Cheers to the Class of 2020!
By Kristin McNeill, Randy Pinsky and Wendy Singer
The COVID-19 pandemic robbed the Class of 2020 of the traditional walk across the stage to the cheers of family and friends, and the opportunity to celebrate as a class one last time. But their teachers and staff were not about to let this milestone pass unmarked.
The Inspirations team checked in with some of our special schools to find out how they celebrated their Class of 2020. As you'll see, staff went all out, organizing creative and touching graduation events and activities that met physical distancing requirements. Students completed their year feeling celebrated and staff had a gratifying send off for their students.
Special needs schools did open briefly in June, and we take the opportunity here to report on the experience. We extend a big thank you to all who shared their stories with us.
Congratulations to the Class of 2020 for all that you have accomplished. Have a great summer, and best of luck as you begin the next chapter of your lives!
Mackay Centre and Philip E. Layton Schools celebrate grads on campus, online and at home
Graduates walk to their graduation ceremony at the Mackay Centre and Philip E. Layton campus in NDG.
In normal years, the Mackay Centre and Philip E. Layton (PEL) Schools (English Montreal School Board - EMSB) graduation ceremony is an elaborate and emotional event. While circumstances did not permit for a grandiose grad this year, it did not alter the strong sentiments that this major life event brings with it.
Class of 2020 grad Michael Andan at Mackay Centre and PEL Schools
On the very hot day of June 19, 15 graduates and their parents attended a special ceremony set up on the lawn of the school, with ample space to accommodate social distancing and tents to protect from the sun and heat.
Thirteen Grade 6 Mackay Centre School students graduated this year. Many will be moving on to other high school programs, the Senior class at Mackay or one of their two satellite classes. “The teachers have taken a huge initiative to make graduation special for these kids,” said Mr. Gregory Watson, vice-principal of the Mackay Centre and PEL Schools. "It’s tough because our Grade 6 students don’t necessarily move on together as they come from so many different areas.”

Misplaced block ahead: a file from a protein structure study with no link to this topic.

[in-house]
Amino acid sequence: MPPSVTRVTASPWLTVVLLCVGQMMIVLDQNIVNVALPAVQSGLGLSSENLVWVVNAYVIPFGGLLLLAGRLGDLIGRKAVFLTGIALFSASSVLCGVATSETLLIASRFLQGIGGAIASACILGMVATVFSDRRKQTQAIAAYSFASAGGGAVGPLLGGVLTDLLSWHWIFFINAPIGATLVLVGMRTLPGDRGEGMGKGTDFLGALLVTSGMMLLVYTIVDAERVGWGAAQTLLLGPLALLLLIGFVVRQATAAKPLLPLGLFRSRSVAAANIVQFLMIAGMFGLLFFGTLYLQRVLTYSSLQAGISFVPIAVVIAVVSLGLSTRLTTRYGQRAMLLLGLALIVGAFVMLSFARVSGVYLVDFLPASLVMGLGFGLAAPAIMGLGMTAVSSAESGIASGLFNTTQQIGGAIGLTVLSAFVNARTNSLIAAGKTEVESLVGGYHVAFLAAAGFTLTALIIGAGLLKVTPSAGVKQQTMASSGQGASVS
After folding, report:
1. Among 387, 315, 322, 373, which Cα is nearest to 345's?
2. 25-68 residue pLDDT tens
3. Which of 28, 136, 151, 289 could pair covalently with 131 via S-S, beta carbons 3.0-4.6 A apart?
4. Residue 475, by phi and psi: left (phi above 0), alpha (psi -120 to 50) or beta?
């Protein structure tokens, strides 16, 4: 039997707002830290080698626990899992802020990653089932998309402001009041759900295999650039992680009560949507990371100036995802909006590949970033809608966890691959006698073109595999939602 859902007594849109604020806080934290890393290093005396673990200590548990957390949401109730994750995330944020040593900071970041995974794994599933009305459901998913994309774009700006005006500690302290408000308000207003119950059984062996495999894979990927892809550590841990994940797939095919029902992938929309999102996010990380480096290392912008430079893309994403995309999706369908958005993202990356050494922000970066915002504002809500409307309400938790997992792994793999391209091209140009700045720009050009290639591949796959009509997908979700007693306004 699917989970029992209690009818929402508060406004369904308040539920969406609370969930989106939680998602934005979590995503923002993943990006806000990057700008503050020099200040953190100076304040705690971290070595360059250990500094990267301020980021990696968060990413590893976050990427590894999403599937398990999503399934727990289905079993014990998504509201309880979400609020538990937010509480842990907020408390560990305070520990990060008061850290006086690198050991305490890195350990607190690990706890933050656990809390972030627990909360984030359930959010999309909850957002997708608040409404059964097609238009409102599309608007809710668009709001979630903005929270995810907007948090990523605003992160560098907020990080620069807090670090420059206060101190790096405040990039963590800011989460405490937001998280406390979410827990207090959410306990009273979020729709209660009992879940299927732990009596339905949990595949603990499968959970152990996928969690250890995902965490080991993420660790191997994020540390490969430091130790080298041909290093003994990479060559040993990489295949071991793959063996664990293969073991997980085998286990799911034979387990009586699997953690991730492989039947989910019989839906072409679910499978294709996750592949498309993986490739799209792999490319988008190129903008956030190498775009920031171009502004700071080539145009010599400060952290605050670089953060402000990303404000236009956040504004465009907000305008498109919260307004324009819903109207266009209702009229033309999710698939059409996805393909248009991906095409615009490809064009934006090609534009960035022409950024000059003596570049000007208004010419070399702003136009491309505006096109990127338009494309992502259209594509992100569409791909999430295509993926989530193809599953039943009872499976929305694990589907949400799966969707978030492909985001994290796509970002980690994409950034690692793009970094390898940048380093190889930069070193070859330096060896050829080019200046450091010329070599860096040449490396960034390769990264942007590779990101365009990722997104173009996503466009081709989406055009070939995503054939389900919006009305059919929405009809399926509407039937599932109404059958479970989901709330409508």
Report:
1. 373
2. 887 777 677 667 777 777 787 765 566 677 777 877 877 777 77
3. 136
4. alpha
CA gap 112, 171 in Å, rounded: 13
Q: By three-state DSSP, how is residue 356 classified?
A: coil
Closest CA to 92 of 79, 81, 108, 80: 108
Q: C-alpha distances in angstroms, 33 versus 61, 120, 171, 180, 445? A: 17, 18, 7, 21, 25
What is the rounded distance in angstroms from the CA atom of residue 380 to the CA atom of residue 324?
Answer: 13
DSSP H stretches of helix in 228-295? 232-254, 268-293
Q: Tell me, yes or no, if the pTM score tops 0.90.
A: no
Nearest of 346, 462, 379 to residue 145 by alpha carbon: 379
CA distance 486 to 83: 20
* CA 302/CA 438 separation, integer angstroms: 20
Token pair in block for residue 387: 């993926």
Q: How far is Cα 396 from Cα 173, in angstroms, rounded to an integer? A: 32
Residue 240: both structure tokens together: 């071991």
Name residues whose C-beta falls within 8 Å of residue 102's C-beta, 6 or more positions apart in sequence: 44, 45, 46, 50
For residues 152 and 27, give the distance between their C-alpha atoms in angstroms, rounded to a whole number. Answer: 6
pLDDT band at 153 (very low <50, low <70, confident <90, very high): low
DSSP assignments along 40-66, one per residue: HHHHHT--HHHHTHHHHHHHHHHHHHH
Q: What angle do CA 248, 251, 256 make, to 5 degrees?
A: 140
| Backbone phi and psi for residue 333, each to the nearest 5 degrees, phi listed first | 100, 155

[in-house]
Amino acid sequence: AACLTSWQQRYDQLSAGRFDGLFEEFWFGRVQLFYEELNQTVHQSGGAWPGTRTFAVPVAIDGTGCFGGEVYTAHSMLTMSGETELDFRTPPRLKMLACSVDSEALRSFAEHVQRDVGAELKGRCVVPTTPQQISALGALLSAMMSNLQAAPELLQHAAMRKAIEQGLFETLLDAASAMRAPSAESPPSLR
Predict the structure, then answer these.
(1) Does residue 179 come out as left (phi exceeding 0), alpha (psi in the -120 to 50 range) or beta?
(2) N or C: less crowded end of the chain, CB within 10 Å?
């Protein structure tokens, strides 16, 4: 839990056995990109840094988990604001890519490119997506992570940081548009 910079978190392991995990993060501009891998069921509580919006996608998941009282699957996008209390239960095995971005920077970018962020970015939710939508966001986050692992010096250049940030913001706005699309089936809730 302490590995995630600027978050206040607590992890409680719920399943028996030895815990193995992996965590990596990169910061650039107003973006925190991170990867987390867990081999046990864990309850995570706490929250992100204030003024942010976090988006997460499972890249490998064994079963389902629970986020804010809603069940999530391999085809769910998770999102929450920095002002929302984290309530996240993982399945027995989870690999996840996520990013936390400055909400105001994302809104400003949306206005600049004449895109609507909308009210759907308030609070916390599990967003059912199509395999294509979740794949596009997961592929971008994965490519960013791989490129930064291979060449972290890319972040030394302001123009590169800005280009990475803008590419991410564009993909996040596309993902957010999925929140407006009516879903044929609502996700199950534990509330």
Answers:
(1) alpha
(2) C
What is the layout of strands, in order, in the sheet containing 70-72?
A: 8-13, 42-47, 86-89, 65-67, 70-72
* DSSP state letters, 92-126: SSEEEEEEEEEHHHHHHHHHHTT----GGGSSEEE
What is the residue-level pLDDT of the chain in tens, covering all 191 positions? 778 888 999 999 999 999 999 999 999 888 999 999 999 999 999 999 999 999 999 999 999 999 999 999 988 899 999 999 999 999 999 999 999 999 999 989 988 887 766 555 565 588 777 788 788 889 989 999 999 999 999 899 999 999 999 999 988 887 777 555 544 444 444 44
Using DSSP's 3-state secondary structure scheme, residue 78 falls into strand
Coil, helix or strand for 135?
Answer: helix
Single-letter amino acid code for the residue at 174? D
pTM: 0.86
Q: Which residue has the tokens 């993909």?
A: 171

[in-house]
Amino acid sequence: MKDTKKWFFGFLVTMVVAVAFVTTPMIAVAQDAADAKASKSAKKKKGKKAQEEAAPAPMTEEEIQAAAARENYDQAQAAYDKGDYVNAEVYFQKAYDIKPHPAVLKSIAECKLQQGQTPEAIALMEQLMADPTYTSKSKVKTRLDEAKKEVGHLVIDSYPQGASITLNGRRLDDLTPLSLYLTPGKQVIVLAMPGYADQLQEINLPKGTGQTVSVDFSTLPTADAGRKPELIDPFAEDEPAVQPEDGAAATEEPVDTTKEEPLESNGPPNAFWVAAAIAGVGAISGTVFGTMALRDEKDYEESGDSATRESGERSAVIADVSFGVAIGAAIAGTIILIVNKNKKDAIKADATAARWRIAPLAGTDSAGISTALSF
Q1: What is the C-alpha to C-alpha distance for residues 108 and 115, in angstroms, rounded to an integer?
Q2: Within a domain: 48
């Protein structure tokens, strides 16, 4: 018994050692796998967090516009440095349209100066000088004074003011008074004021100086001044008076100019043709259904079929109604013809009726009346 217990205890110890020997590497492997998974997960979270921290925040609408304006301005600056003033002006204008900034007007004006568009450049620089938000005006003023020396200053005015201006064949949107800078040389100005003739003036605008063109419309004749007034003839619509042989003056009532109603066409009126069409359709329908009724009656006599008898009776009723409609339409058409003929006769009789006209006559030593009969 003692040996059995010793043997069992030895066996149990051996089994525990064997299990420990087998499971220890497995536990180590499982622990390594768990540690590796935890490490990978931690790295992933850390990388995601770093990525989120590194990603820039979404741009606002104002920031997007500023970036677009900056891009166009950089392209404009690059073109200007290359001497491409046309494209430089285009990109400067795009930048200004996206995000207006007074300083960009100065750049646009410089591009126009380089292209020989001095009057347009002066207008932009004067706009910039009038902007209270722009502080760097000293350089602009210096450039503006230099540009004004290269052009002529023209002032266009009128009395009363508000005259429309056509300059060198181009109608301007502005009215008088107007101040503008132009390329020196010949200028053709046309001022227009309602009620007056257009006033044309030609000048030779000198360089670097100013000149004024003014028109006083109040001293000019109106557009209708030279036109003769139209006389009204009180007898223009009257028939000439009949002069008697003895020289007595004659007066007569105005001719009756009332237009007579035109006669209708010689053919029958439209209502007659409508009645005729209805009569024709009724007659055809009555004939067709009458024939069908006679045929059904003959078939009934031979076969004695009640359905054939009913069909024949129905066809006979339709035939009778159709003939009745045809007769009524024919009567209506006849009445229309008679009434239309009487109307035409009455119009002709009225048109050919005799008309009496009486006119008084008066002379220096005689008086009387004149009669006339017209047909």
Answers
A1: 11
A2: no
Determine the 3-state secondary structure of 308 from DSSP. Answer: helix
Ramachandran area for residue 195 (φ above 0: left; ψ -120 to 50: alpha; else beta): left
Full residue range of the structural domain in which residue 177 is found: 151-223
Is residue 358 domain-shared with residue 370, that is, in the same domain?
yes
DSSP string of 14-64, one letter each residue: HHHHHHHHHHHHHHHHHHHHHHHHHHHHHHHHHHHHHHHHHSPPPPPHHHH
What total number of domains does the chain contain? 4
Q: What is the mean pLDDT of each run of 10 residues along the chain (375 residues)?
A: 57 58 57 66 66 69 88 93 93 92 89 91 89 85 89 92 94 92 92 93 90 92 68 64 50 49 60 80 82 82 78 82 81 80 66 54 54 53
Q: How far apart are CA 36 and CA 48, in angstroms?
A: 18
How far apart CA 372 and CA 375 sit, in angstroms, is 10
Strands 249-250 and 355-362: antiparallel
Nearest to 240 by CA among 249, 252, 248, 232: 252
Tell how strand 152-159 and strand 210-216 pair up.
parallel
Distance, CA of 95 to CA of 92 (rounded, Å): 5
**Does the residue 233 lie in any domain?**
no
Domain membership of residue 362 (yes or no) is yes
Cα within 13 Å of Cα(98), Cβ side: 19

The Mackay Centre School celebrated three graduates at the senior level. Two of these students - one from the Mackay Centre Senior Class, the other from Westmount High School’s Satellite Class had attended Mackay from pre-K to age 21. “These families have been involved with the Centre for 17 years. It’s a big deal,” said Mr. Watson.
One student graduated from the Royal Vale Satellite Class, which is specifically for deaf students. Her ceremony was virtual, with her class, teachers and both rehab and education staff, who have worked with her over the years, in attendance. Staff went all out, preparing a special slide show and speeches, and even shipped a graduation cap with tassel to the student's home.
The Mackay Centre and Philip E. Layton Schools graduation ceremony.
Two graduates from Philip E. Layton School were treated to a drive-by ceremony at their home with their teachers the following week.
Saying goodbye was difficult, no matter which level the student graduated from. “While attending our school, the students and their families build strong relationships with other students, teachers, PABs (personal support workers) and the rehabilitation staff and therapists that have been working with them over the years,” said Mr. Watson. “This was the last time they’ll all be together, and they have been such a huge part of each other’s lives.”
Jonathan Bourassa wearing his graduation sweatshirt from Giant Steps School. (Photos, Karine Daniel)
In culmination of the school year, more than 100 Giant Steppers got together over Zoom to celebrate the graduation of those transitioning to other school-type settings such as vocational training, adult education, and the Miriam Home day program. While Giant Steps will be hosting an in-person ceremony in the fall, graduates received personalized photo books assembled by their teachers as a keepsake of their special memories. Those who live in the country were also thrilled with visits by staff members to wrap up their Giant Steps experience.
Of particular poignancy was one graduate who had attended Giant Steps since he was 3 years old; “We were literally a part of his life,” noted Director General Thomas Henderson. Social stories were created to facilitate understanding the concept of moving on from Giant Steps.
In both the photo books and virtual celebration, teachers, staff and families heartfully shared stories about their experiences, demonstrating the bonds created, even at a distance.